All these photos were taken in this order yesterday between 0647 and 0704 EDT.  CMA CGM T. Roosevelt was bound for sea.  As of this moment, she’s off Norfolk waiting to enter the Chesapeake.  If you don’t know, Roosevelt is one of now quite a large number of ULCSs or ULCVs [I’ve read both terms for these behemoths.] calling in NYC’s sixth boro, all 1200′ loa and carrying between 13,000 and 14,500 teu.  By the way, there’s a good graphic of container vessel evolution in that link.

At 0647 she was passing Caddells.  Dawn and dusk shots have lots of lights and their reflections in them.

 

Jonathan C sees her out  . . . .

Imagine the number of tractors needed to move each of these containers out of a port.  Better still, imagine a parking lot of all those tractors parked as close together as you could. I’ll get back to that.

The bow was illuminated by dawn; the stern is quite dark. In the extreme left to the left of Jonathan C, Scott Turecamo had a waiver to move into the KVK to get to her berth with a favorable tide.

 

Note where the docking pilot will exit.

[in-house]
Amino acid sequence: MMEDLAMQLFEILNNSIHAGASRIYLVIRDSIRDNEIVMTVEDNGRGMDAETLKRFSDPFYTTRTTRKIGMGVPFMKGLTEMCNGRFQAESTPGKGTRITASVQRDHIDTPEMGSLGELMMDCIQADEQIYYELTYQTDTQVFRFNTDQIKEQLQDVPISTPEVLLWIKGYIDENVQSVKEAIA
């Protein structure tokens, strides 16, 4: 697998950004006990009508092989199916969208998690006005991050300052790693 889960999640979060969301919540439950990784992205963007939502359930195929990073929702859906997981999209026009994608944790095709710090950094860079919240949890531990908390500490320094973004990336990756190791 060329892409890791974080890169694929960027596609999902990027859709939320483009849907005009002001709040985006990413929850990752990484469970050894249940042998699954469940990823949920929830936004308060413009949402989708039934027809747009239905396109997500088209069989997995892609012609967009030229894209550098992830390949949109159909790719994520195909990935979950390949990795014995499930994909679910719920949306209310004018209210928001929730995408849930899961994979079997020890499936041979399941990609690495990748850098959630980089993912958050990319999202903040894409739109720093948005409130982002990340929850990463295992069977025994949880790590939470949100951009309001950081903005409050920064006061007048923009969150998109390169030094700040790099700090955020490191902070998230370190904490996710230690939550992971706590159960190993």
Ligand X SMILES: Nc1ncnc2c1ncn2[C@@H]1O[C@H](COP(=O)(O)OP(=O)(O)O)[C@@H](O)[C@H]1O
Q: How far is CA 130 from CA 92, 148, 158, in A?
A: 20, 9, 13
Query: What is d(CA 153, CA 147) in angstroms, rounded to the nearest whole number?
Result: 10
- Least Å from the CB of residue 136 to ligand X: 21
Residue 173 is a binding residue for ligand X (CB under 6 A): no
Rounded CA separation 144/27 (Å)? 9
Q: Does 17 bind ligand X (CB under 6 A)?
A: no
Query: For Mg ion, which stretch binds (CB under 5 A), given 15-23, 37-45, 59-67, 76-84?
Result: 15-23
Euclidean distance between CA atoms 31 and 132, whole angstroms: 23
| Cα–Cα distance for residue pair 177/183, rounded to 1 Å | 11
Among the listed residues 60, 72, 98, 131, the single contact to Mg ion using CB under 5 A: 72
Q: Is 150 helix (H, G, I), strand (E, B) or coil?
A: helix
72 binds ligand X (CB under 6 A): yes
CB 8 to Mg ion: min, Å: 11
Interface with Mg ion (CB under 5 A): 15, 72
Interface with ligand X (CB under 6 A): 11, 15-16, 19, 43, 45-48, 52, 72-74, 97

When I zoomed all the way out, the camera sees more of what I saw, big picture adjusted for light.  The photo above and below I took just a few seconds apart.

Although the images below relate to Great Lakes shipping, they do illustrate the point I was trying to make with the comment above about tractors needed to move all of these containers all tightly parked in single lot. I’d love to see an illustrator create this image, including the cross county double-decker container train cars.  And I know fuels differ as well.  Of course, an alternative is to make and consume all out machines, tools, toys, etc. aka what we import and export locally.

Again, this is Great Lakes, but I’m guessing this is part of the green oldie-but-goodie deal.

All photos and sentiments by Will Van Dorp.